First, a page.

Are Bandwidth Mergers Enough?

9 thoughts on “Are Bandwidth Mergers Enough?”

  1. The real issue is missing last-mile diversity. As long as a broad band connection is as expensive and as slow as it is now, there will be no traffic to feed this backbone. Right now, it doesn’t look like the US will ever catch up to more modern countries like China and Korea.

  2. Jacob, Ed Whitacre is not so much generically crazy as meglomaniacal. The Internet is the worst possible thing he can imagine, because it involves cooperation for the common good. Ed wants control and restriction, with his company being the gatekeeper. His concern is about squeezing the maximum profit from things he can envision and control, not facilitating new services and having to live with ancilary revenue.

  3. Re: Bandwidth Mergers

    There may be another way to look at this. Google’s dark fibre
    acquisition gives a hint.

    Specifically, I see some separate networks, some physically separate
    like Google, some technically separate by being encapsulated in the
    current nets (note plural).

    Your comment about the deficiencies of Internet 1.0 are dead on, but
    certainly not the fault of the originators in 1968 and 197x. Our use is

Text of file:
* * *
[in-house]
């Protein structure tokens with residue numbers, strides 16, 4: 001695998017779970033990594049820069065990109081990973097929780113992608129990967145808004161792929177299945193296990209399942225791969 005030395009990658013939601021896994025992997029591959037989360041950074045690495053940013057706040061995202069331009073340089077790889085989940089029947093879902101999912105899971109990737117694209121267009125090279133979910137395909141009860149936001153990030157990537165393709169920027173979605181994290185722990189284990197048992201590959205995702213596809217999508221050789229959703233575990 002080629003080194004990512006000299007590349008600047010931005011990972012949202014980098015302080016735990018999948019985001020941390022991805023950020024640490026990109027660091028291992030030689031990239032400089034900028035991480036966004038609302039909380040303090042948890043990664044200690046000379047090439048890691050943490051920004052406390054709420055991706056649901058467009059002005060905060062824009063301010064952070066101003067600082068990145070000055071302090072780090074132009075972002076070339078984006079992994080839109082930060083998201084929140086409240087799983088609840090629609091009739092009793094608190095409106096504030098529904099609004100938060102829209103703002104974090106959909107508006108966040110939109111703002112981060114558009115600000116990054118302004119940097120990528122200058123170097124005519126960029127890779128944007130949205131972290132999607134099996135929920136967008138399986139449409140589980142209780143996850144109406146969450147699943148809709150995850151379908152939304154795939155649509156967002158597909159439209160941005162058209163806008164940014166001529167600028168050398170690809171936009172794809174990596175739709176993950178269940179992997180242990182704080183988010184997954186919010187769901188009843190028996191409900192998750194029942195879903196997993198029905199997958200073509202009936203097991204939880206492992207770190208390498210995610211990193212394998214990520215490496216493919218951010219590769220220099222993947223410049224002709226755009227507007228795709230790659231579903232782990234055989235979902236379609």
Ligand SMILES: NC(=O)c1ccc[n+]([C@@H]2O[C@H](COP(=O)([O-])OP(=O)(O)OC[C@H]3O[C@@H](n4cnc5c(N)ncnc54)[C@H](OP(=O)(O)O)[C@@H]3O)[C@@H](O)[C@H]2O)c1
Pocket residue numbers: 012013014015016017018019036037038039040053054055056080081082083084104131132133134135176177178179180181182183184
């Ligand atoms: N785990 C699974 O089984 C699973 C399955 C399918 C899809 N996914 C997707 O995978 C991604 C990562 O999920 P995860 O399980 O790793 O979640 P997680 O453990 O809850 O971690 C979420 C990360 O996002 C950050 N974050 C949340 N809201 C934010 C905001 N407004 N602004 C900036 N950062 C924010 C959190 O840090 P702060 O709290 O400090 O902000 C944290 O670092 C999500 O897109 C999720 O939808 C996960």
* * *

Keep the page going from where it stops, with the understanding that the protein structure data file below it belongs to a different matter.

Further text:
outgrowing the design of the original net, with somewhat predictable
    results. QoS, priorities, filtering, etc. are all adaptive attempts to
    remedy these limitations.

    The high speed Internet2 used by science and government is slightly
    different than 1.0, but more specifically, limited in who connects for
    what currently. It will probably remain that way.

    What will be the result? We will eventually realize that not only does
    one size not fit all, it *cannot* fit all. We are in the process of
    building multiple nets that will interconnect at well defined points,
    not everywhere, with well defined protocols and limits. It must be that
    way to serve the separate interests.

    Yet it will not result in Balkanization, but speciation. Nets will be
    optimized for classes of traffic and classes of applications. They will
    be invisible but there if you need them, efficient for specific
    purposes.

    Overall, a network of nets will be more robust and more efficient than
    one master net that has to either warp itself or warp traffic to work.
    One net cannot work well with all these new demands, therefore we are
    seeing sprouts, seedlings of a new growth that will deliver the MultiNet
    (C).

    Bill Nicholls
    http://www.billswrite.com

  4. What about this blimp technology I’ve heard about is there really going to be old style airships delivering serious banwith to rule areas like mine in upstate new York and if so how long do you think it will take ?

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